CALUE Database
News | media coverage of our work
Global Carbon Emissions Continue To Rise
NPR "All Things Considered" | September 2, 2019
"The point of all of this work is that there's a lot of inertia in the problem itself. Climate change is something that is going to take decades to repair. So even if we figured out a miracle energy technology tomorrow, we've got a lot of stuff out there that we have to worry about retiring and getting rid of before we solve this problem."
Tong et al. 2019
Beer Shortage Due to Climate Change? Yes, It Could Happen
Good Morning America | October 16, 2018
"This is not a drill: As climate change worsens, there could be a beer shortage.

A study published Monday that looked at beer's growing popularity and a potential decline in barley harvests linked to climate change showed prices for beer could double, or even triple, in countries including the U.S."
Xie et al. 2018
Climate Change's Effect on Beer Production Worldwide
The Daily Show with Trevor Noah | October 16, 2018
"Climate change. Sometimes it feels so hopeless that all you want to do is get drunk and forget about it. Well, sadly, that won't be an option--because of cliamte change. ... Oh man, they're trying so hard to get people to care about climate change. Right? No, because if you tell Americans that in 10 years the Marshall Islands will be underwater, no one cares, but tell them Corona will cost more, now they're marrching in the streets! C'mon!"
Xie et al. 2018
Heat and Drought Could Threaten World Beer Supply
New York Times | October 15, 2018
"In a report in Nature Plants, researchers in China, Britain and the United States say that by the end of the century, drought and heat could hurt barley crops enough to cause intense pain to beer drinkers. Imagine a worst case of a 20 percent drop in supply in the United States, or a doubling of prices per bottle in Ireland. That’s no abstract end of civilization talk; that’s an empty display case at the Stop ’N Go.
Xie et al. 2018
Global warming to leave us crying in our costlier beer
AP | October 15, 2018
"Increasing bouts of extreme heat waves and drought will hurt production of barley, a key beer ingredient, in the future. That means beer prices on average would double, even adjusting for inflation, according to the study in Monday’s journal Nature Plants. Study co-author Steve Davis of the University of California, Irvine, said the beer research was partly done to drive home the not-that-palatable message that climate change is messing with all sorts of aspects of our daily lives."
Xie et al. 2018
What would it take to decarbonise the global economy?
The Economist | November 29, 2018
"Steven Davis of the University of California, Irvine, has led a team of researchers in mapping out what a net-zero-emissions energy system would look like, using a set of already available technologies that he describes as “fairly simple and finite”. Besides electricity and batteries, they include hydrogen and ammonia, biofuels, synthetic fuels, ccs, and removal of carbon from the atmosphere."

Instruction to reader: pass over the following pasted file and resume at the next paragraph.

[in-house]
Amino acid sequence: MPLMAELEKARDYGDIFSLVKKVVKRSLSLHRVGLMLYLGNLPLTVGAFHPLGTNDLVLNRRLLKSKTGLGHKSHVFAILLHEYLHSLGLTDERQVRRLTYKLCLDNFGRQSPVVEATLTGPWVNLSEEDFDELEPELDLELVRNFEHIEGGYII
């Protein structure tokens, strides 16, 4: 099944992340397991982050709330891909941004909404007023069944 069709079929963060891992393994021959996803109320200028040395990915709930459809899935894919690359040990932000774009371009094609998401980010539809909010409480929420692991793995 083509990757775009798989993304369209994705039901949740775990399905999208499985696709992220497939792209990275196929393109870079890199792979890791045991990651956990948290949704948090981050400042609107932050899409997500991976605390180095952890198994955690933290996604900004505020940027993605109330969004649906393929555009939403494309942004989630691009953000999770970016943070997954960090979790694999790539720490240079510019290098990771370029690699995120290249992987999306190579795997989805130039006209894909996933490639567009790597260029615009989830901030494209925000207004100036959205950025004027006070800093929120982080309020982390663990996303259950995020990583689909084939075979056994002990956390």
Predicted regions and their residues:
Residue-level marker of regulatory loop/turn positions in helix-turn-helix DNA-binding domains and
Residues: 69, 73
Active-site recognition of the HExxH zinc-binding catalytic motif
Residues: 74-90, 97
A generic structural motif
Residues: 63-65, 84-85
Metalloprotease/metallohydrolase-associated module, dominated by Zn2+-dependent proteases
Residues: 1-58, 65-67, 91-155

Davis et al. 2018
Trouble Brewing? Climate Change Closes In on Beer Drinkers
Scientific American | October 15, 2018
"Even if you didn’t notice beer price fluctuations following those years—2014 and 2017—consumers probably will in the near future. Climate change will make extreme events like prolonged droughts and heat waves more severe and frequent, says Steven Davis, an earth systems scientist at the University of California, Irvine. That, in turn, could make beer (the vast majority of which is brewed with barley) dizzyingly expensive, according to study results Davis and his research team published Monday in Nature Plants."
Xie et al. 2018
We have no idea how to eliminate 25% of energy emissions
MIT Tech Review | June 28, 2018
"A new paper in Science offers a stark reminder that there are still huge parts of the global energy system where we simply don’t have affordable ways of halting greenhouse-gas emissions. Air travel, long-distance transportation and shipping, steel and cement manufacturing, and remaining parts of the power sector account for 27 percent of global emissions from the energy and industrial sectors. And the authors say we need much more research, innovation, and strategic coordination to clean up these sources."
Davis et al. 2018
The US Could Supply 80% of Its Energy with Wind and Solar
VICE | February 27, 2018
"A new report in Energy and Environmental Science shows that a conversion to an 80% solar and wind-based energy system is possible..[with] advancement in energy storage technologies or hundreds of billions of dollars invested in renewable energy infrastructure. 'The sun sets and the wind doesn’t always blow,' Steven Davis, an associate professor of Earth system science at UC Irvine, said in a statement. 'If we want a reliable power system based on these resources, how do we deal with their daily and seasonal changes?''"
Shaner et al. 2018
Airborne particles cause more than 3m early deaths a year
The Economist | April 1, 2017
"[J]ust under an eighth [of 3 million premature deaths caused by PM2.5] were associated with pollutants released in a part of the world different from that in which the death occurred, thanks to transport of such particles from place to place by the wind. Almost twice as many (22% of the total) were a consequence of goods and services that were produced in one region (often poor) and then exported for consumption in another (often rich, and with more finicky environmental standards for its own manufacturers)."
Zhang et al. 2017